That, according to experts, is a bitter pill that economies – and the millions of workers driving them – often have no option but to swallow.

Breaking the inflation spiral

The economic logic of curbing inflation is simple, suggested Varma.

Higher prices force people to demand better wages, she said. While increased wages in themselves are a healthy sign, they also raise expenses for companies. “That will feed back into higher prices as firms will increase the cost of their goods and services,” Varma told Al Jazeera. “This will create a negative spiral.”

It’s a spiral that often hurts the poorest people the most, because they usually have low bargaining power when it comes to wage negotiations and lack sufficient savings to deal with the rising cost of living.

But as central banks increase interest rates to tamp down on demand, an economic slowdown – and in some cases, even recession – is a direct outcome. And economists expect central banks to continue hiking rates, at least in the near future.

“We will have to engage in more aggressive [monetary policy] tightening,” Willem H Buiter, a former member of the Monetary Policy Committee of the Bank of England and former chief economist at Citibank, told Al Jazeera. “And the result of that will be an economic slowdown everywhere, and depending on the country, this could take the form of a full-fledged or a mild recession.”

Radhika Pandey, a senior fellow at the New Delhi-based National Institute of Public Finance and Policy (NIPFP), agreed. Public comments made by the US Federal Reserve point to its plans to keep increasing the cost of borrowing until job vacancies go down or signs of an impending recession are clearer, she said. The latest data shows that job openings in the United States rose to a five-month high in December – a reflection of a strong labour market.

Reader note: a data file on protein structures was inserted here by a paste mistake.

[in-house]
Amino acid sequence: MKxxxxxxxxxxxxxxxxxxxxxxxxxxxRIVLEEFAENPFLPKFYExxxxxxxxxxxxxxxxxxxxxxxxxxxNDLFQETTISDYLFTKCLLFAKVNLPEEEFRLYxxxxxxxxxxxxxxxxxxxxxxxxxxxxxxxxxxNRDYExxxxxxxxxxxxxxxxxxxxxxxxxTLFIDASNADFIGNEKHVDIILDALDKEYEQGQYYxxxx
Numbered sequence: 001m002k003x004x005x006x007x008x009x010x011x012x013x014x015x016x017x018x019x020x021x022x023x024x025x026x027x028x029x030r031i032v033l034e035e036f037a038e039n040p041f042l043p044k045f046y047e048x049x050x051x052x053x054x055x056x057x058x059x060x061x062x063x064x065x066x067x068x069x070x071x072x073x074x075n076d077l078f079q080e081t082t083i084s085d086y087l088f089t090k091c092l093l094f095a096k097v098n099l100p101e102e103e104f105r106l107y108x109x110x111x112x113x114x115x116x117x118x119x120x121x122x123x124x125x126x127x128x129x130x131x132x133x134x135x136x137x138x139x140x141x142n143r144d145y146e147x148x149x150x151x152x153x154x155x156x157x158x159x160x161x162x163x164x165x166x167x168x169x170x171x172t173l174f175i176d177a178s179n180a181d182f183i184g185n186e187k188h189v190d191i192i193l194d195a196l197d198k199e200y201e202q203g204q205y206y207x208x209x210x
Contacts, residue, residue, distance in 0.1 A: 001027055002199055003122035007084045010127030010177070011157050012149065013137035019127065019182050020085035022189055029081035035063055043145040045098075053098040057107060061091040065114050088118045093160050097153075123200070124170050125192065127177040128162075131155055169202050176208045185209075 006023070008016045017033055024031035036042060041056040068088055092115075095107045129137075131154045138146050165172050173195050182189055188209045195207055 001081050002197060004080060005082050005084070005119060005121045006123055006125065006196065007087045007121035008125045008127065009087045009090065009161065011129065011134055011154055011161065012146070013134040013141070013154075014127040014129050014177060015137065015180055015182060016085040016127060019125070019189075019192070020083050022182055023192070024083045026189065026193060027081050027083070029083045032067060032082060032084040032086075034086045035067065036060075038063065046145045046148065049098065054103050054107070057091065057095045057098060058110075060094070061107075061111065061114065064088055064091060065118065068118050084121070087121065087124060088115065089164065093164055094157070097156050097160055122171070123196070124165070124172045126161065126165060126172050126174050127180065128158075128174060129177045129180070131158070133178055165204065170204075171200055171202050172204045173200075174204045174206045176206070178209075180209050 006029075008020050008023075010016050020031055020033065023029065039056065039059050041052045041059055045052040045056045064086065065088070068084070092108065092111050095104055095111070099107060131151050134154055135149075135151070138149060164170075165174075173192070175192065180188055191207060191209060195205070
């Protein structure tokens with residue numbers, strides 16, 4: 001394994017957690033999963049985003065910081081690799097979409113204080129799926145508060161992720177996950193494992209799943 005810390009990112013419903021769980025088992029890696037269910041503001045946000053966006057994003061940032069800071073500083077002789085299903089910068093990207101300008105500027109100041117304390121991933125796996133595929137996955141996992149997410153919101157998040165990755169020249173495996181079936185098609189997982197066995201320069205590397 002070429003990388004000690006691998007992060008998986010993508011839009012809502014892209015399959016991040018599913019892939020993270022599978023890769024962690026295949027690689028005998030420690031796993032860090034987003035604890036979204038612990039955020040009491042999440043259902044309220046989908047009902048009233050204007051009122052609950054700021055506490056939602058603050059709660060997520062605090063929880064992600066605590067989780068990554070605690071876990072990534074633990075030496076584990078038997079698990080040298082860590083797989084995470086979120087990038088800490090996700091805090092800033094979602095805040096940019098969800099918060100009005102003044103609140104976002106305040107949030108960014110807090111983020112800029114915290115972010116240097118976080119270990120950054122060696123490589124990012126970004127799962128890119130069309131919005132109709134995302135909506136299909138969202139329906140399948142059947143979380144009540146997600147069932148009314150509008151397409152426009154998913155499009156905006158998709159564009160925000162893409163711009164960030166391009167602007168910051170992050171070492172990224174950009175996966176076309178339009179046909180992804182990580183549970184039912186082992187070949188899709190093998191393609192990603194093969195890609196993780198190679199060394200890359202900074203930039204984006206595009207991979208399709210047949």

Another way

Yet the IMF’s recent, hopeful suggestion that the global economy might grow in 2023 indicates that a recession isn’t an inevitable outcome of the fight against inflation.

To maintain price stability while avoiding recession, central banks need support from their countries’ governments through other policies, said Moschella of Scuola Normale Superiore. “The central banks’ monetary policy tools work best to address the demand problem. But the central banks cannot tackle the supply-side issues, for instance, the energy shock,” she said.

Europe’s already providing an example that appears to be working – the IMF referred to the continent’s “better-than-expected adaptation to the energy crisis” as a key reason why the world might avoid a recession.

Many countries in Europe have tried to subsidise high energy costs, put caps on electricity prices for vulnerable population groups or introduced tax incentives.

Take the case of France. It froze household gas prices at October 2021 levels and capped the electricity price increase in 2022 at 4 percent over the previous year.

To be sure, the global cost of living crisis has affected French and Spanish families too, and recent pension reform proposals by the government of French President Emmanuel Macron have sparked protests. But the measures to control energy prices meant that France and Spain had the lowest inflation rates among major Eurozone economies in 2022.

In all, the IMF has said that the “resilience” shown by Europe in terms of its economic performance is partly because of the government support to the tune of 1.2 percent of the European Union GDP to households and firms hit by the energy crisis. By November last year, EU countries had set aside 600 billion euros ($654bn today) for these measures.

By helping curb inflation, these measures have allowed the European Central Bank to raise interest rates less than other developed economies like the US. And Europe’s economy, which was expected to shrink in the last quarter of 2022, instead grew marginally by 0.1 percent.

Related Articles

Back to top button